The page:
Two months from now thousands of HR Professionals (and a enough amateurs to make it interesting) will descend on New Orleans for the 2017 Society of Human Resource Management annual conference. There will be parties. There will be regrets. There will be 100s of trade show booths. There will be a few (many?) who will make the parties but not the booths (slackers!) There will be swag – some great – some squeeze balls and pens. And most importantly, there will be bloggers documenting, commenting, satirizing, and complaining about the conference. I’m one of those bloggers who will be part of what is affectionately known as the “blog squad.” You can see all the deplorables on the squad and other info on the #TheSHRM17Blog: #SHRM17 Bloggers are “All In” – Online and IRL. The list is impressive. Except for that @IncentIntel guy. Must be nepotism.

My Agenda

Everyone has a different reason for attending SHRM. For some it’s to stay up on new ideas. Others, it’s about connecting and networking. For me it is a little of column A and a little of column B. I have an obligation to the team to cover as much as I can, but I also have some personal things I’d like to scope out while wearing down the shoe leather. Specifically, I want to dig in and find companies and stories around these 3 things.

How can we train better managers?

Manager training is the huge elephant in the employee engagement room. I’m not saying we don’t need a systemic answer to engagement – we do. But we CONTINUE to try to use technology to solve the human problem of poor management. Trust me – I can drive engagement through the roof with 10 well-trained managers and an abacus. I don’t need tech. I need teach! I need managers who know how to connect with employees at a personal level. I need managers who know how to convert company goals into personal goals. I need find a better way to help managers connect someone’s personal “why” to the company’s profit “why”. I’ll be looking for that. Hit me in the comments with clues and help if you know where I can find it.

How do we find positive deviants in the organization?

There is always a bias that solutions to my company problems can only be found outside my company. I mean – I wouldn’t have this problem if the answer were in my company, right? Wrong. Many, many, many, many (too many?) times the answer IS in your company. I call them positive deviants. People who are doing things differently and getting different results. One of my first questions to my consulting clients is, “Is there anywhere, any department, division where they are getting the type of results you’d like to see across the organization?” And there usually is. Someone is doing something that is getting the results they want. Copy that! Lather, rinse, repeat organization-wide. Too often we overlook the genius INSIDE our companies. I want to find a better way to identify that genius. Is it a tech solution? Is it a training solution? I don’t know. I’ll be scouting for positive deviants in my SHRM17 tradeshow walkabouts. Let me know how you have solved this or point me toward some deviants.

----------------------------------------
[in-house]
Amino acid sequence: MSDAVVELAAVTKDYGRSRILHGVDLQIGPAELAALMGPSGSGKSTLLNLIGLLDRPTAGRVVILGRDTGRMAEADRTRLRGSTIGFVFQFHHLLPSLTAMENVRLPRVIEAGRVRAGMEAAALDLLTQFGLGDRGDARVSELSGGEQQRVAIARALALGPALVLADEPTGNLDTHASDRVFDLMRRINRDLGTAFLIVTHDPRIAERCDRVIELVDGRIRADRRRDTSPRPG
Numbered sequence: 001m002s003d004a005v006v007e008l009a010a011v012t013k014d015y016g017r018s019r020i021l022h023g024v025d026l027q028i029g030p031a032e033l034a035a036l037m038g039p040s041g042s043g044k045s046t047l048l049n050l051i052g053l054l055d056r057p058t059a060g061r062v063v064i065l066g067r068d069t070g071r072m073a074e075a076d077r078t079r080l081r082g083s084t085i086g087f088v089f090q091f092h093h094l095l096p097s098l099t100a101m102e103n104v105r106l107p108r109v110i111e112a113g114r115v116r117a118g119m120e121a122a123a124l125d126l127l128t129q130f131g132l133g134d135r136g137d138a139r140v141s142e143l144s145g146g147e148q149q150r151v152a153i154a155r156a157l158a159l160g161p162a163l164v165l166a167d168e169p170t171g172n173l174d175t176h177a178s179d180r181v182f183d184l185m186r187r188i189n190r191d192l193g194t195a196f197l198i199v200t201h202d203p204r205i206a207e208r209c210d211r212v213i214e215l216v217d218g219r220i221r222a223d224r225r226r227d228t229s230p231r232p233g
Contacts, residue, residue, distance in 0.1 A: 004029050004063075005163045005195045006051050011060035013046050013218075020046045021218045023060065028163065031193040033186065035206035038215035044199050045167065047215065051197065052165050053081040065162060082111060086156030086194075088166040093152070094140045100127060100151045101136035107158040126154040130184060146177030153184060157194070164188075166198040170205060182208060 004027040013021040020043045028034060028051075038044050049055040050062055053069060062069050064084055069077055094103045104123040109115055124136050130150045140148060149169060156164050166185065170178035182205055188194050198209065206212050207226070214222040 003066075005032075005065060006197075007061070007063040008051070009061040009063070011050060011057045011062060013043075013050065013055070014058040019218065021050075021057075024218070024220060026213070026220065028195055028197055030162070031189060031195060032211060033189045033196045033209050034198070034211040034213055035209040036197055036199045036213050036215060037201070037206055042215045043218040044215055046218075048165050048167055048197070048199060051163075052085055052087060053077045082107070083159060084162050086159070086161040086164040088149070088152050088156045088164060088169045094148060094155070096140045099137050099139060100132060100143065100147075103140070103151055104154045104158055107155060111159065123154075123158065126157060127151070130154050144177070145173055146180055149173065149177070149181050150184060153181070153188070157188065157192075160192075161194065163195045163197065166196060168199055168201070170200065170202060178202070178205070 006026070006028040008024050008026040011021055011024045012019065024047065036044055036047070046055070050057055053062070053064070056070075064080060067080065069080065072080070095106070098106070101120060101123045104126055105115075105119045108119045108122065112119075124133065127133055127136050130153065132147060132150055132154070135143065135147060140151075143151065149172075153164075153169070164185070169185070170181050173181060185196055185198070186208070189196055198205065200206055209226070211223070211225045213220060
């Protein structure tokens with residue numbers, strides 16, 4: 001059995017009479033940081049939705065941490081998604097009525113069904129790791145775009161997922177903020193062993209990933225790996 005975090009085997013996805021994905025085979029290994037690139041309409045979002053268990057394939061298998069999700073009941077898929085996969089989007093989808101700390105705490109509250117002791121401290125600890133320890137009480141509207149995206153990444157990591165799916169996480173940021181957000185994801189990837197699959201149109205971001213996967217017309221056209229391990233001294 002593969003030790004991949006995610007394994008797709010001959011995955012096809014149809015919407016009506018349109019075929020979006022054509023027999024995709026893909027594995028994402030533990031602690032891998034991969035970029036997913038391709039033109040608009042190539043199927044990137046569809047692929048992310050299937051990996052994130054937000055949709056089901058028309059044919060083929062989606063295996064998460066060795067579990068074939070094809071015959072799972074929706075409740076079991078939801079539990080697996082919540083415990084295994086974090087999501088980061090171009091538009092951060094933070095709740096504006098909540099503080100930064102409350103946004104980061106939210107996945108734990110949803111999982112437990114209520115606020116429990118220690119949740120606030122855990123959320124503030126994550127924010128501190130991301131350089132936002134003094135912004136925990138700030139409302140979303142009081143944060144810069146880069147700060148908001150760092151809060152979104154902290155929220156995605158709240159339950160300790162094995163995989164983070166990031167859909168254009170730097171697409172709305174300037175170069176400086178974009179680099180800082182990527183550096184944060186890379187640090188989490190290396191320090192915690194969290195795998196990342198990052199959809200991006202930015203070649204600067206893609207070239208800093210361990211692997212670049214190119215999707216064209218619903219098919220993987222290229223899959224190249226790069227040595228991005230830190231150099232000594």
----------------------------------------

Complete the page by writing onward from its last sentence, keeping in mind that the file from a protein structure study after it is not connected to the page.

How can we reduce HR Administrivia?

HR seems to always find itself pulled into the administrative black hole of people data. I always find it interesting that HR is responsible for making sure employees fill out forms, update contact information, connect with payroll, fill out the “legal” forms. Why do we give every department in the company permission to outsource their administrative needs to HR? Some will argue that a central source of control is needed, but is the question really about having a central database – not a central manager? As a manager, I always saw it as my responsibility to make sure my team members had their stuff together and had filled out the forms needed to have a good personal and professional life. I never saw that as an HR responsibility. To that end I’ll be looking for HRIS type tech that in effect – bypasses HR and goes direct to the manager – alerting them to the fact that there are people on their team that aren’t getting their “administration” lives together. Maybe I’m wrong but I don’t see how HR can be planning for the workforce of the future if they are also trying to make sure Mark in accounting has his new address in the system.

Those are my top 3.

I keep an ongoing OneNote (experimenting with as an Evernote replacement) list of things I think about related to SHRM. By June I might have a few more on my list and will ping you if I think it might interest you.

In the meantime, if you’re in HR or if you’re HR-Adjacent – consider taking some time to visit SHRM17 in New Orleans. I have found this conference to always have a positive payoff – increasing my knowledge and increasing my network.

Both of which should ALWAYS be on your to-do list!